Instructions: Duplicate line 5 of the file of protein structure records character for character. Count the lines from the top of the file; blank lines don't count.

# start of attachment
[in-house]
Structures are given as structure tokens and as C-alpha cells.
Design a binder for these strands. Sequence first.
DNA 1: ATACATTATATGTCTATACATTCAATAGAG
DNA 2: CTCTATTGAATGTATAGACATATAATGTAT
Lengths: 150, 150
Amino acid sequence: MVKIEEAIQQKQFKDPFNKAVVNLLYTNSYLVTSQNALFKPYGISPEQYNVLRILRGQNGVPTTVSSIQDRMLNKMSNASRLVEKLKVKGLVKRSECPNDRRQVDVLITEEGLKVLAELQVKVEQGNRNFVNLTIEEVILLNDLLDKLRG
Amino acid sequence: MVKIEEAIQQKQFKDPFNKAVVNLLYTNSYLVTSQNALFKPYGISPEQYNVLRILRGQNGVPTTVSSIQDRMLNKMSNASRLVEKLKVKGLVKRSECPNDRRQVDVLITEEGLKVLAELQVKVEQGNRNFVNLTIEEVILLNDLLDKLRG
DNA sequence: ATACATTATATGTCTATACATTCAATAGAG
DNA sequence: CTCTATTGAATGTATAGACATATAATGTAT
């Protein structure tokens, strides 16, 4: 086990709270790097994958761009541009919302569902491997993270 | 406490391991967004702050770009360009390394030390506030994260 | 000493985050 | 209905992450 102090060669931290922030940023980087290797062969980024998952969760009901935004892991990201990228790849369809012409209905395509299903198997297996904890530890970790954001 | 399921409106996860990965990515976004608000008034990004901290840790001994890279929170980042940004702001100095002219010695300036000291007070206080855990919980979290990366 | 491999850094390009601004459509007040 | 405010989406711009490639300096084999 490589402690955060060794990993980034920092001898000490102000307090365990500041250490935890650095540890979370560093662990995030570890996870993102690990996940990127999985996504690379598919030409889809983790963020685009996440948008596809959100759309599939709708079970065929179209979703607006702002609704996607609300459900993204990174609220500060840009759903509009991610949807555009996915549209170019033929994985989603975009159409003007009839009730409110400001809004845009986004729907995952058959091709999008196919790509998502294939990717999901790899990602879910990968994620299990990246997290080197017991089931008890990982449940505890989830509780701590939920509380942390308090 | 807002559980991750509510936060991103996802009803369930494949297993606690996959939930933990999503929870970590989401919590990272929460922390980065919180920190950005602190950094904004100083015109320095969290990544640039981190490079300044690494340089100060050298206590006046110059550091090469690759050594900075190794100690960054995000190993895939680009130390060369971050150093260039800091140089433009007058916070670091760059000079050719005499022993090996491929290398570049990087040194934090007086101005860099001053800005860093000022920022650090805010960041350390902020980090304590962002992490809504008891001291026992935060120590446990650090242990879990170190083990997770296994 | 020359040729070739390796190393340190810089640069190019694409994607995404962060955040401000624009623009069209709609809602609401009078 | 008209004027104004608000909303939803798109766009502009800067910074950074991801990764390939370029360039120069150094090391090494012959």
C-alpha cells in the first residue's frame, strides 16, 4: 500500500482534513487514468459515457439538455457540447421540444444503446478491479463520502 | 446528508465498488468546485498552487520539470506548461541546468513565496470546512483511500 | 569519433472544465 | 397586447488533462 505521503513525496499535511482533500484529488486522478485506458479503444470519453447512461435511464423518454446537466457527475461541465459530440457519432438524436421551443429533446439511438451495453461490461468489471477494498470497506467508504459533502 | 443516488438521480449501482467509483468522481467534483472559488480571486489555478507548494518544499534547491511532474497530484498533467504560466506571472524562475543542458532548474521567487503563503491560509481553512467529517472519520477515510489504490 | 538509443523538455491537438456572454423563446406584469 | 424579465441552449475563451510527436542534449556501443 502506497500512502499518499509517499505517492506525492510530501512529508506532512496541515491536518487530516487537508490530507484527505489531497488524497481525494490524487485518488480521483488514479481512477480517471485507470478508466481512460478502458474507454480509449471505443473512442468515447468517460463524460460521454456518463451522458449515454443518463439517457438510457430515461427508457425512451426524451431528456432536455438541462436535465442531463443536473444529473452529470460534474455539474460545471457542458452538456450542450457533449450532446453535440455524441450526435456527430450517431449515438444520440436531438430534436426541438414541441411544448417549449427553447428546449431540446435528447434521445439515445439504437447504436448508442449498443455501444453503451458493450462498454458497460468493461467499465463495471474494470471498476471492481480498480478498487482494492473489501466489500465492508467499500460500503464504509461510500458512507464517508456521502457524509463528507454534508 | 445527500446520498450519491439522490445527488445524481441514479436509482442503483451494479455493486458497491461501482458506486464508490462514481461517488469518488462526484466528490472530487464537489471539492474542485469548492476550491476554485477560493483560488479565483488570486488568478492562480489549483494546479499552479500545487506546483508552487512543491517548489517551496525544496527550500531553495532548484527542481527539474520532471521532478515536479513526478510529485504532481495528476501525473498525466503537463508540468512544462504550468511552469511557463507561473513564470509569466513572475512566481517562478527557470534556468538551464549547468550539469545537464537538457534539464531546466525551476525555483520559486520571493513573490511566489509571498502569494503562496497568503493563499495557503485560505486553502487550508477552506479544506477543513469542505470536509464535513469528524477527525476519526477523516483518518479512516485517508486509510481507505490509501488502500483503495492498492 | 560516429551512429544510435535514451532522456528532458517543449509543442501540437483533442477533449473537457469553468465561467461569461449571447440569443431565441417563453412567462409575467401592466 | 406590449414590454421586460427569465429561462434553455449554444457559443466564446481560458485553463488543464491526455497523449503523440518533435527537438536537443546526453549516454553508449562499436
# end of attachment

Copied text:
DNA 2: CTCTATTGAATGTATAGACATATAATGTAT